41 22.297N 008 45.902W

Sun 26 Jul 2015 13:36

Date:                Sunday 26th July 2015


Position:          Moored in the marina at Povoa de Varzim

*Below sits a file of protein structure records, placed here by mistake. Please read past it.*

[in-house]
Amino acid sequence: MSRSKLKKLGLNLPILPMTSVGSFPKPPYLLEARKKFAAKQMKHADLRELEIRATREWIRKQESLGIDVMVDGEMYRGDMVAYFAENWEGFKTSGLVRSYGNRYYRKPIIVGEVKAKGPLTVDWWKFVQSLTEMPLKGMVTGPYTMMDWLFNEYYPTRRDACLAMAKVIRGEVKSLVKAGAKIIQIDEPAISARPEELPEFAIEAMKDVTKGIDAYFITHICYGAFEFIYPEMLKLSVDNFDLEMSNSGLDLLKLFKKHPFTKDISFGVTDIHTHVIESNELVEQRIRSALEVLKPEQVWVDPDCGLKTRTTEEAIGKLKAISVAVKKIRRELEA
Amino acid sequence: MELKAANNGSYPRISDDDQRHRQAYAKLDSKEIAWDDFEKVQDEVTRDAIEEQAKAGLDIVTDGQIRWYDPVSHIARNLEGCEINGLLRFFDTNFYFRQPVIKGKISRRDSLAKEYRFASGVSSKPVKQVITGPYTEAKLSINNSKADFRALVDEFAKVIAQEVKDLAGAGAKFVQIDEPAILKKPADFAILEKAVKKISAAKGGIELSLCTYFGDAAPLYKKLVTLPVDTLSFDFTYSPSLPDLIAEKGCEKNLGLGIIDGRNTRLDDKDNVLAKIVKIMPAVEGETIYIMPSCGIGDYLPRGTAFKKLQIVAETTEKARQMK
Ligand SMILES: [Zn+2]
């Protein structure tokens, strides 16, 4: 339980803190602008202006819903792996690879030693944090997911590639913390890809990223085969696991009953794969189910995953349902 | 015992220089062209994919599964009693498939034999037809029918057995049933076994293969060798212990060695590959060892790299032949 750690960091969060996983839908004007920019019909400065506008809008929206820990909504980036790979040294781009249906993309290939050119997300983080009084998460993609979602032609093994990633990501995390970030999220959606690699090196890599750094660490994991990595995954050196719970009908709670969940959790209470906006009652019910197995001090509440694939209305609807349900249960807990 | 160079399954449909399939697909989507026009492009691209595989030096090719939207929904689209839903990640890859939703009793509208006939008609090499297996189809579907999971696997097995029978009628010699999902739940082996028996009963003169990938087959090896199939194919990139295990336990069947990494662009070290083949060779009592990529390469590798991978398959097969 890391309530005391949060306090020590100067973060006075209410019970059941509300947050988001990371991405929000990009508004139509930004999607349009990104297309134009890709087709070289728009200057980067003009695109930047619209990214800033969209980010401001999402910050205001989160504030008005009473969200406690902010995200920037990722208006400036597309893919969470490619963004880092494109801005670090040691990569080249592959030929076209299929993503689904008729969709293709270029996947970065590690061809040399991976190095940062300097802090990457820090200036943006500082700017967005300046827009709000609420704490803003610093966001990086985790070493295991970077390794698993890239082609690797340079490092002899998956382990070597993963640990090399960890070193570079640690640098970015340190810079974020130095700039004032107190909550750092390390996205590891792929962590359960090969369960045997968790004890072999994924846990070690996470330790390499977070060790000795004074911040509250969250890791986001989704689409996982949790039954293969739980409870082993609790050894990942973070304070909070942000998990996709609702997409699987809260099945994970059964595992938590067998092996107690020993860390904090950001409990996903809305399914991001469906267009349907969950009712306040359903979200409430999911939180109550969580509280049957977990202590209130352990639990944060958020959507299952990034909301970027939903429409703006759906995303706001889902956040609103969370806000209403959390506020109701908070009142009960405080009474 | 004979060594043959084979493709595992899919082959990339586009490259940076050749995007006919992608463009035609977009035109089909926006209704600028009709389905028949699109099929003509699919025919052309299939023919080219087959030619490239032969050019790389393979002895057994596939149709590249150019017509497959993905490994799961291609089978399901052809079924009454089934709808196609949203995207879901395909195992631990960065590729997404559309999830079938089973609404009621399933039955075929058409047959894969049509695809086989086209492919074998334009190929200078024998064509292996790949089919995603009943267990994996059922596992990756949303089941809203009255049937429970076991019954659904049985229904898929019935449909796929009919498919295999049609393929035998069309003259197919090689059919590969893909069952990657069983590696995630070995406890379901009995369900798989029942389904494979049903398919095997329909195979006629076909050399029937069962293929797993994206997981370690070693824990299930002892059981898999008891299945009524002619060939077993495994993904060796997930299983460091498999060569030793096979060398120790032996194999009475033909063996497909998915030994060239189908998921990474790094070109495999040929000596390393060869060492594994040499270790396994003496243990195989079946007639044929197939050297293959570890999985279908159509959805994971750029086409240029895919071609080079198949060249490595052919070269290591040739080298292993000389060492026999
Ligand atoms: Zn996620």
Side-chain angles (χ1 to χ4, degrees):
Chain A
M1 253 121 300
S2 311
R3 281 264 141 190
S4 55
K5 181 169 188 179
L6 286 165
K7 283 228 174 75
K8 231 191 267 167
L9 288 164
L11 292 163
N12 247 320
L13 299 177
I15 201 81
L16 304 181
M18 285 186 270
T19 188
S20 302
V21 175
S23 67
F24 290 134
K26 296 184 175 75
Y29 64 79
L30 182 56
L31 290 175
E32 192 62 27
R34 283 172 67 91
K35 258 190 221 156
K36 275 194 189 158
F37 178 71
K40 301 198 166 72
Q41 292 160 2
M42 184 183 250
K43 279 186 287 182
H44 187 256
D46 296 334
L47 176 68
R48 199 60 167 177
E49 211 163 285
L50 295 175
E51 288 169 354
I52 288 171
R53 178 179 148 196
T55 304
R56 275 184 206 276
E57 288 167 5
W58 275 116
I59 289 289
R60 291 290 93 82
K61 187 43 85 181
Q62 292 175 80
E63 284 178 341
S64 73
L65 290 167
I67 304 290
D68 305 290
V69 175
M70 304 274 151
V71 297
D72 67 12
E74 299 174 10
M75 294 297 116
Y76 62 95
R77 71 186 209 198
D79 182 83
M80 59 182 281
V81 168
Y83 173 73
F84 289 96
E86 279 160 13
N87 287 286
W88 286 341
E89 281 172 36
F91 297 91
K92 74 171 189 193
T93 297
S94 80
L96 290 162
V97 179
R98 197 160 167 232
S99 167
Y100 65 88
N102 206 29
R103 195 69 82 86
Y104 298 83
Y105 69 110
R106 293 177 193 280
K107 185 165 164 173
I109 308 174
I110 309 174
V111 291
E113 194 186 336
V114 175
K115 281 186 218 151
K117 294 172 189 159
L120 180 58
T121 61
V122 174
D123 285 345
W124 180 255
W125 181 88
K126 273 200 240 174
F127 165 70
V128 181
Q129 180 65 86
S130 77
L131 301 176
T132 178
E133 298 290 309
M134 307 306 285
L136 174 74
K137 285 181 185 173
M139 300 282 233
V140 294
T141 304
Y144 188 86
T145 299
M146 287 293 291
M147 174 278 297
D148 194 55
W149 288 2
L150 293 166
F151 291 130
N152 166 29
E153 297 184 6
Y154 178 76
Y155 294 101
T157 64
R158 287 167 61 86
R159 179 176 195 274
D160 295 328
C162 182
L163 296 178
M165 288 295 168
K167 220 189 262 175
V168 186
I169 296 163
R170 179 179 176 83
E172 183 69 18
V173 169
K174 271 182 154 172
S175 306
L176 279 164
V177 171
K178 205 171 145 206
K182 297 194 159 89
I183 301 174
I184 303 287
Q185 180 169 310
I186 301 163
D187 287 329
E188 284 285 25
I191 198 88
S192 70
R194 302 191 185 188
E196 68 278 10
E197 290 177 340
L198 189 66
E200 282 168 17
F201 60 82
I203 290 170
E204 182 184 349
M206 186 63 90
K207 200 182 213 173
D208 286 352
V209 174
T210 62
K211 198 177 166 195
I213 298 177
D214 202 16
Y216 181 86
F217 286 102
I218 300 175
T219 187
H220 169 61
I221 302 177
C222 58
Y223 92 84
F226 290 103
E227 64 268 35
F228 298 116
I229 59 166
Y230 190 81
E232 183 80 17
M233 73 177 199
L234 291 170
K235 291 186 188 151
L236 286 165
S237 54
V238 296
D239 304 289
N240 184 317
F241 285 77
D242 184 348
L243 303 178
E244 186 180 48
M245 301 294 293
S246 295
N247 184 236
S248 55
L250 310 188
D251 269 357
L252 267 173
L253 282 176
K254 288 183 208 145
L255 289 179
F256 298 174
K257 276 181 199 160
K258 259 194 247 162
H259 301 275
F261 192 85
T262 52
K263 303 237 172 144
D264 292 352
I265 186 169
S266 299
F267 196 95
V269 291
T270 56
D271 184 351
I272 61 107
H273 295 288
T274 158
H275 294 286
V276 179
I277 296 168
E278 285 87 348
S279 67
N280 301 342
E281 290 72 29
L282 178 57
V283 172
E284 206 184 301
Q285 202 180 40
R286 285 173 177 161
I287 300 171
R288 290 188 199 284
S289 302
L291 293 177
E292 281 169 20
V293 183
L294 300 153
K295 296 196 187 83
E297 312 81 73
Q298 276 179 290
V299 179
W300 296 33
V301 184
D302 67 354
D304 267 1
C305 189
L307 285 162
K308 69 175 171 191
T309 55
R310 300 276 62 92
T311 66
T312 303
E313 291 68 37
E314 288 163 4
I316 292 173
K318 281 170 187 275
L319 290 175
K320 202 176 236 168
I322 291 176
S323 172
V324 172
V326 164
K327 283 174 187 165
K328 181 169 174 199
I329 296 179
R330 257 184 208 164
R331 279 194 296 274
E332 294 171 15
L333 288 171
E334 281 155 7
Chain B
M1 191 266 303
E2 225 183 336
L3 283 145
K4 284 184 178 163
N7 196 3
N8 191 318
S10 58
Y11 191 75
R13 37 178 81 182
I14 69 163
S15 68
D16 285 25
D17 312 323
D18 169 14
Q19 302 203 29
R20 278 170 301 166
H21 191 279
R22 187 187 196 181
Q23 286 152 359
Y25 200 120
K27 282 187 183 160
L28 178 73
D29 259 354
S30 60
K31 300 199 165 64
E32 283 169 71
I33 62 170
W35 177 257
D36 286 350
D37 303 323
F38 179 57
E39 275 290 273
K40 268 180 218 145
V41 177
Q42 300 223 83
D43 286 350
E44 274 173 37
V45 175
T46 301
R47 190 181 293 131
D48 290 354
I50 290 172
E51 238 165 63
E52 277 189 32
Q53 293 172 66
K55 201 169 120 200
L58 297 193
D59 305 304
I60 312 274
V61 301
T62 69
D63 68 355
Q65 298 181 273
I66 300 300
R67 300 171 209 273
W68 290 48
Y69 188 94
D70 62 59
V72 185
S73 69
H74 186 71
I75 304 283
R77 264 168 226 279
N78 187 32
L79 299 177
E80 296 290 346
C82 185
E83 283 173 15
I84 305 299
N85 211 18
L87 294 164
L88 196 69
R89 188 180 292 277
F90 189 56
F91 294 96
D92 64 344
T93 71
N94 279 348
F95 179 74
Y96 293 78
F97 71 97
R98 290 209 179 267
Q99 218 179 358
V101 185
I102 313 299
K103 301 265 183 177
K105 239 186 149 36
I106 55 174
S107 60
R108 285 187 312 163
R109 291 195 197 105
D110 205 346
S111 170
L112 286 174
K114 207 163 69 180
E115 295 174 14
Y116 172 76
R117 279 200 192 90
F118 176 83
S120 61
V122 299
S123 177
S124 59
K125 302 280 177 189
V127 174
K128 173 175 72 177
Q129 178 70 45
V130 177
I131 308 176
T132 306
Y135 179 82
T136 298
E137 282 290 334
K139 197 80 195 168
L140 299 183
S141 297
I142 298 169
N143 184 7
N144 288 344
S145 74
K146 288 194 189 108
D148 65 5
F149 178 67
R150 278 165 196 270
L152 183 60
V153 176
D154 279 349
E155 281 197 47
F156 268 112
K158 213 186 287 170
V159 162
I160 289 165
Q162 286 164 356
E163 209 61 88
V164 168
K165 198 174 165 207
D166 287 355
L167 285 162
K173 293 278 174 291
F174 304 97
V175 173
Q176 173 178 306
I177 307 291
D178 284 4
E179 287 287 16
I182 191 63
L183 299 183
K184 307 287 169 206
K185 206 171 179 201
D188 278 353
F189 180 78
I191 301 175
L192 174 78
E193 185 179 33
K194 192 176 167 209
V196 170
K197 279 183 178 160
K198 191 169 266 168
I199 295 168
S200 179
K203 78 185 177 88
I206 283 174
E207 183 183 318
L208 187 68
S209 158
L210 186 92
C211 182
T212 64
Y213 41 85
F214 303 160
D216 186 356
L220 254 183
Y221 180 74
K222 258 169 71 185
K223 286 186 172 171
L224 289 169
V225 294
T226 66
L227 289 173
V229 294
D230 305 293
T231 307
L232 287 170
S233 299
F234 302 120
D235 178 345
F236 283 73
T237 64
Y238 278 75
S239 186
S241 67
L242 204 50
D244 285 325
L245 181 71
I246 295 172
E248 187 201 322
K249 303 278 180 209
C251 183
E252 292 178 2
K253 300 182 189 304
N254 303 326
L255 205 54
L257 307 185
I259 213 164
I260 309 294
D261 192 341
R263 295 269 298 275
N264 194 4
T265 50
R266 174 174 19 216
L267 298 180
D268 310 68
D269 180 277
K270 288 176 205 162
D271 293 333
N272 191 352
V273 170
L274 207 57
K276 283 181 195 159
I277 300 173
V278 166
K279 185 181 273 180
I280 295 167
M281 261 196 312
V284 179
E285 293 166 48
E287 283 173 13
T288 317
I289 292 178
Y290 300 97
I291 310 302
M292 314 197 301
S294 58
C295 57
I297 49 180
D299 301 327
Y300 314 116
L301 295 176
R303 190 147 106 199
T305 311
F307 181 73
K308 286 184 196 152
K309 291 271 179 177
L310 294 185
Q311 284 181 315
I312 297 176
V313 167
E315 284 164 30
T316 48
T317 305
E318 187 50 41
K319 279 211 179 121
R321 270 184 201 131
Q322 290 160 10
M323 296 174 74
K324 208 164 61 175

I said in my previous to last blog that having crossed the Bay of Biscay I felt that I had at last become a real sailor but this was just an illusion and Sir Smug-a-lot was soon brought down to earth the next time I put to sea.  I intended to leave La Coruna and make for the Ria de Vigo on Wednesday 15th July but a rather basic mistake set me back a day.  I had re-provisioned, topped up the water tank and the diesel I had topped up when I first arrived at La Coruna Marina.  The weather looked good although it would be a little rough with winds predicted at 4 to 6 Beaufort, but from a northerly direction, which was perfect for me as I was heading south.  I left the marina a little later than I had intended and got into the bay and made ready to set the sails.  I had noticed over the last couple of days that the wind seemed to get up in the late afternoon and I had already decided to put a reef in the main.  After all, it would be a lot easier to shake it out if necessary rather than have to put one in especially as the state of the sea on the other side of the breakwater was by now showing consistent “white horses”, white tops to the waves indicating the wind was much stronger on the other side of the breakwater.  I raised the mainsail put the first reef in and slackened off the “topping lift”.  The “topping lift” is a line that goes from the top of the masthead to the end of the boom and holds the boom horizontally in place when the sail is not being used.  If you didn’t have a topping lift the boom would crash down into the cockpit.  However, when you have the sail up, the sail holds the boom in place and the topping lift has to be slackened off so the sail can create the proper shape.  Anyway, I un-cleated the topping lift and made a basic error of letting go the end while I adjusting the reefing line on the other side of the mast.  When I returned to make fast the topping lift I could not find the end of the line anywhere.  Of course I couldn’t because the wind had got hold of the unsecured line and it was now flying all over the place up in the rigging and within moments it was tangled around the wind generator, the VHF aerial and a bunch of other lines.  I had made the decision to leave so I was reluctant to go back to the marina when a brilliant idea hit me, all I had to do was pull the line through the top of the masthead then I could either sort the problem out immediately or at least secure the line so it wouldn’t cause any damage until I could fix it later.  Great, so I got hold of the line and started to pull forgetting that I had put a stopper knot in the end of it so when it hit the block at the top of the mast it got stuck.  Now I couldn’t get the end of the line without going up the mast and I had even more line flying about crashing into everything aloft.  I kept trying to think of ways of resolving the issue at sea because I really wanted to be on my way, but all the time I knew there was only one sensible solution.  Eventually I gave in and returned to the marina.  It was late so I decided to stay one more night and leave the next day.  It was a good decision to return to the marina because in the end what seemed a simple job to took two hours to complete.  First I had to get all the equipment needed for the job, which as I have said before meant pulling the lockers to pieces to find everything.  Then I had to climb up the mizzen mast to untangle the line at that end and then climb up the main mast to untangle the line at that end and finally pull it back through the block.  When I say climb up the mast it sounds so simple.  Usual, when you have crew on board it is quite simple you use a bosuns chair to sit in while one of the crew members winches you up on a halyard.  I mostly sail solo but even if Ann where with me she could hardly winch a lump like me up to the top of the mast.  So knowing that there would be times when I had to go up the mast I brought a system that you can use independently.  Pre planning is so important!  You still use a bosuns chair but there is a block mechanism attached to it with a spring loaded leaver that clamps the halyard in place if any load is put on it.  There is also a strap for your feet with a similar device attached.  You feed the halyard through the gap between the block and lever on both parts and the principle is that as you put a load on one part it releases the load on the other part so that now you can push the lever forward and move the block up or down the halyard. So basically you sit in the bosuns chair pull your legs up as high as you can while moving the block attached to the leg straps up the halyard then stand up on the leg straps to pull yourself up.  The load is released from the bosuns chair which can now be moved up the halyard before sitting down and moving the leg straps again.  You continue this process until you reach whichever part of the mast you need to reach and then do it in reverse to come down again.  It is not easy and takes some getting used to but it is very effective, albeit slow, and the bosuns chair is quite comfortable if you are up the mast for any length of time.  Being the fat old lump I am I have to have a rest halfway up the main mast so having a comfortable seat is a bonus.